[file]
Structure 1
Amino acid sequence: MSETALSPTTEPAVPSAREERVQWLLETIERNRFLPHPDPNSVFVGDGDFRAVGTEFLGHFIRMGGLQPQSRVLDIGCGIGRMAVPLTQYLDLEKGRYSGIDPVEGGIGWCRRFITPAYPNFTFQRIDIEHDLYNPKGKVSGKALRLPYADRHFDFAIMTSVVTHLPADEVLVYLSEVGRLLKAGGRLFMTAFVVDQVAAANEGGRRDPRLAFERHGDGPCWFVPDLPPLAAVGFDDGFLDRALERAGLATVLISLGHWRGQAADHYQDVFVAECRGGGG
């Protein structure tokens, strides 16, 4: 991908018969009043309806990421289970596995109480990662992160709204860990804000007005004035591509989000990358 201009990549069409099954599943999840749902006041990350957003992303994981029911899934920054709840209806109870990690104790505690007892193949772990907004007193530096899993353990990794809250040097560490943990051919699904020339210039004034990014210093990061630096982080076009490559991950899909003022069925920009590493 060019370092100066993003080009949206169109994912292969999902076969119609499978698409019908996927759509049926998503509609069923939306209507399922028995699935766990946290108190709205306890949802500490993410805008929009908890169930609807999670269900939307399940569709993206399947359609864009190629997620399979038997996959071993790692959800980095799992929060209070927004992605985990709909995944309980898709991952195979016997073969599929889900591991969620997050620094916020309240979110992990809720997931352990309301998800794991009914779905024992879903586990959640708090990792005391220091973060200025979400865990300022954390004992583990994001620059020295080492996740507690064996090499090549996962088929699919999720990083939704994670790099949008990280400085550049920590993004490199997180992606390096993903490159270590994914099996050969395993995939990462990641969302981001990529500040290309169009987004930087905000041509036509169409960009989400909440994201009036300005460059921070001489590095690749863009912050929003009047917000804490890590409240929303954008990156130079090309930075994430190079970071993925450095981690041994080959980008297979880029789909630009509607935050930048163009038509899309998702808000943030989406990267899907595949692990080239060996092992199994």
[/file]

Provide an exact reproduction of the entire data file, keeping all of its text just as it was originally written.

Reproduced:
Structure 1
Amino acid sequence: MSETALSPTTEPAVPSAREERVQWLLETIERNRFLPHPDPNSVFVGDGDFRAVGTEFLGHFIRMGGLQPQSRVLDIGCGIGRMAVPLTQYLDLEKGRYSGIDPVEGGIGWCRRFITPAYPNFTFQRIDIEHDLYNPKGKVSGKALRLPYADRHFDFAIMTSVVTHLPADEVLVYLSEVGRLLKAGGRLFMTAFVVDQVAAANEGGRRDPRLAFERHGDGPCWFVPDLPPLAAVGFDDGFLDRALERAGLATVLISLGHWRGQAADHYQDVFVAECRGGGG
């Protein structure tokens, strides 16, 4: 991908018969009043309806990421289970596995109480990662992160709204860990804000007005004035591509989000990358 201009990549069409099954599943999840749902006041990350957003992303994981029911899934920054709840209806109870990690104790505690007892193949772990907004007193530096899993353990990794809250040097560490943990051919699904020339210039004034990014210093990061630096982080076009490559991950899909003022069925920009590493 060019370092100066993003080009949206169109994912292969999902076969119609499978698409019908996927759509049926998503509609069923939306209507399922028995699935766990946290108190709205306890949802500490993410805008929009908890169930609807999670269900939307399940569709993206399947359609864009190629997620399979038997996959071993790692959800980095799992929060209070927004992605985990709909995944309980898709991952195979016997073969599929889900591991969620997050620094916020309240979110992990809720997931352990309301998800794991009914779905024992879903586990959640708090990792005391220091973060200025979400865990300022954390004992583990994001620059020295080492996740507690064996090499090549996962088929699919999720990083939704994670790099949008990280400085550049920590993004490199997180992606390096993903490159270590994914099996050969395993995939990462990641969302981001990529500040290309169009987004930087905000041509036509169409960009989400909440994201009036300005460059921070001489590095690749863009912050929003009047917000804490890590409240929303954008990156130079090309930075994430190079970071993925450095981690041994080959980008297979880029789909630009509607935050930048163009038509899309998702808000943030989406990267899907595949692990080239060996092992199994």